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Korea’s answer to Valentine’s Day. You see, that hallmark day for lovers here in the East is reserved especially for females to go gaga over their guys, showering them with candies and chocolates. Now, the day has come for prince charming to woo his women — White Day has arrived!

White Day, a holiday celebrated in Korea and Japan, marks the day when it is the men’s turns to dote on their lady friends. It’s like having V-Day part deux, spinning companies such as Lotte (who runs approximately half of Korea) into a chocolate-pushing frenzy. Only one month after celebrating Valentine’s, the stores are once again chock full of candies and goodies used to make ladies swoon — but the presents don’t stop at treats. Jewelry, lingerie and marshmallows are also popular gifts for Korean men to give today.

Family Mart and GS 25 were fully prepared for the rush of ill-prepared men who are panicking for a last-minute gift to buy their loved ones.

Now, normally I don’t condone these ridiculous, made-up holidays where people feel obligated to buy cheap candy and dote on each other… but since I’m a woman, I will fully embrace this girls-only holiday! :P

At school, a kindergartener named Jin handed out goody bags to the teachers to celebrate. Score! We made out with two lollipops and about 8 packets of instant coffee — which begs the question, is Jin’s mother (who is a constant fixture in the mornings) trying to tell us something? Zombie reference or no, I’ll take it!

My elementary students gave me gifts as well, including a gaggle of lollipops and a delicious truffle-esque candy. Nom nom.

First Pepero Day, then Valentine’s Day, now this? I should move to Korea and start a chocolate manufacturing plant. For real.

Next up is Black Day, where all the sassy singles get together to eat jajangmyeon 짜장면, a delectable Chinese/Korean fusion dish that features thick wheat noodles, meat and vegetables slathered in black soybean paste. Evan and I prefer jajangbap (same dish, just made with rice instead of noodles). Seriously, jajang sauce is so good. SO good. We’ve frequented a Chinese fusion eatery in our ‘hood for months now — for pickup and eat-in. A post with food descriptions and drool-worthy pics to come!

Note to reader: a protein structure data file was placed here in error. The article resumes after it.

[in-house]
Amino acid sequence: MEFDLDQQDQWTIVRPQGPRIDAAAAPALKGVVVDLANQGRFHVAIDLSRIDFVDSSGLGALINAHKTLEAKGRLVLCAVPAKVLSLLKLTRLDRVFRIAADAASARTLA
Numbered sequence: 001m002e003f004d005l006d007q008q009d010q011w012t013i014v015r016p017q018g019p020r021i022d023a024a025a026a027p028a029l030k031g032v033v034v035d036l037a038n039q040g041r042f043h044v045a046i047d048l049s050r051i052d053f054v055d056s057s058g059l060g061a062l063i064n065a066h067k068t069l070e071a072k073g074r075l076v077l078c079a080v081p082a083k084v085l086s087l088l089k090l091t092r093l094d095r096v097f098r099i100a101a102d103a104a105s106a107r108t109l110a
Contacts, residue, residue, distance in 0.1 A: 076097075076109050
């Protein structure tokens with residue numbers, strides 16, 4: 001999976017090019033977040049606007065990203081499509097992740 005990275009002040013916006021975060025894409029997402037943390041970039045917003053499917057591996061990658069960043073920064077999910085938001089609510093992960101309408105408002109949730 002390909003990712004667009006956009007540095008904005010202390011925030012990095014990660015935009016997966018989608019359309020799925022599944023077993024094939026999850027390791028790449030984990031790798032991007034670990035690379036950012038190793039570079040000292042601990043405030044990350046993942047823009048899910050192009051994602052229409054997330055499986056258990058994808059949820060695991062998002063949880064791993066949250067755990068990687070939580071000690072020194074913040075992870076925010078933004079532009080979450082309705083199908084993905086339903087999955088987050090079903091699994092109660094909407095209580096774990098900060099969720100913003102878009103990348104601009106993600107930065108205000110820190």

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Valentine’s Day was all sorts of perfect — I mean, what’s better than a day you get loaded up on chocolate truffles, students bring you gifts and tell you they love you, your boyfriend dotes and you have a heavenly V-Day dinner at your favorite restaurant?

This past weekend, I spent a few hours putting together heart goodie bags for our kiddies from the mountain of supplies sent in Valentine’s packages from my parents and Steve and Jill (thank you, thank you, they were fabulous <3). All of our kindergarteners squealed and gasped when they opened their baggies. Stickers! Heart-shaped rubber bands! Laffy Taffy! They were especially excited for the candy hearts with messages on them — they don’t have those little V-Day treasures here in Korea, and we recently read about them in a story, so they’ve had a hankering for them ever since.

Our students got us treats too. One of my students, Han Bit, gave me these luscious truffles… in Hello Kitty paper, obviously.

Another student, Ji Oun, gave Evan a miniature pen cell phone charm so he could give it to me. You know, in case he forgot to get me a present. She’s got my back!

Luckily, I have an amazing boyfriend who not only remembers to get me a Valentine’s gift, but this year gave me what is hands down the best gift I’ve ever received. In Korea, it is traditional to give a bride and groom a pair of wooden ducks on their happy day. The ducks symbolize the partners in the relationship, and since it is a Confucian belief that Mandarin ducks mate for life, they are meant to represent fidelity and loyalty.

It is believed that the man who carved the ducks passes on five fortunes to the happy couple: wealth, health, life-long marriage, a good wife and lots of sons.

Evan bought me a gorgeous set of ducks, which just speaks to how much he loves me and could be taken as a symbol of how serious our relationship is to him. I, of course, started crying at his gesture. I will always treasure our ducks <3

In return, I made my man a Headband Kitty valentine (because he likes when I wear headbands, and bow clips are so last year), chocolate (he’s an addict) and a date night gift certificate for T.G.I. Fridays and Lotte Cinema.

We topped off a great day by heading to Aladdin’s Lamb for salad, chops, soup and a bottle of wine. We savored the tender meat, tangy feta, rich wine and our company :)

Best Valentine’s Day ever, most definitely!

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In addition to our excursion to Taco Bell, we noshed on flavors that have been dearly missed from my palette. From Middle Eastern and Mexican to sandwiches and burgers, the food was so delectably different than the fare offered in Jeonju.

On Thursday, I was finally able to peel myself out of bed to meet up with friends for a delicious Arabic meal. We headed to Alyssa’s ‘hood, near Hongdae, to feast at Petra.

We started with a trio of hummus, baba ghanoush (eggplant dip) and labaneh cheese, with a side of warm pita bread (real pita, not the flour tortillas we so enjoy at Aladdin’s Lamb).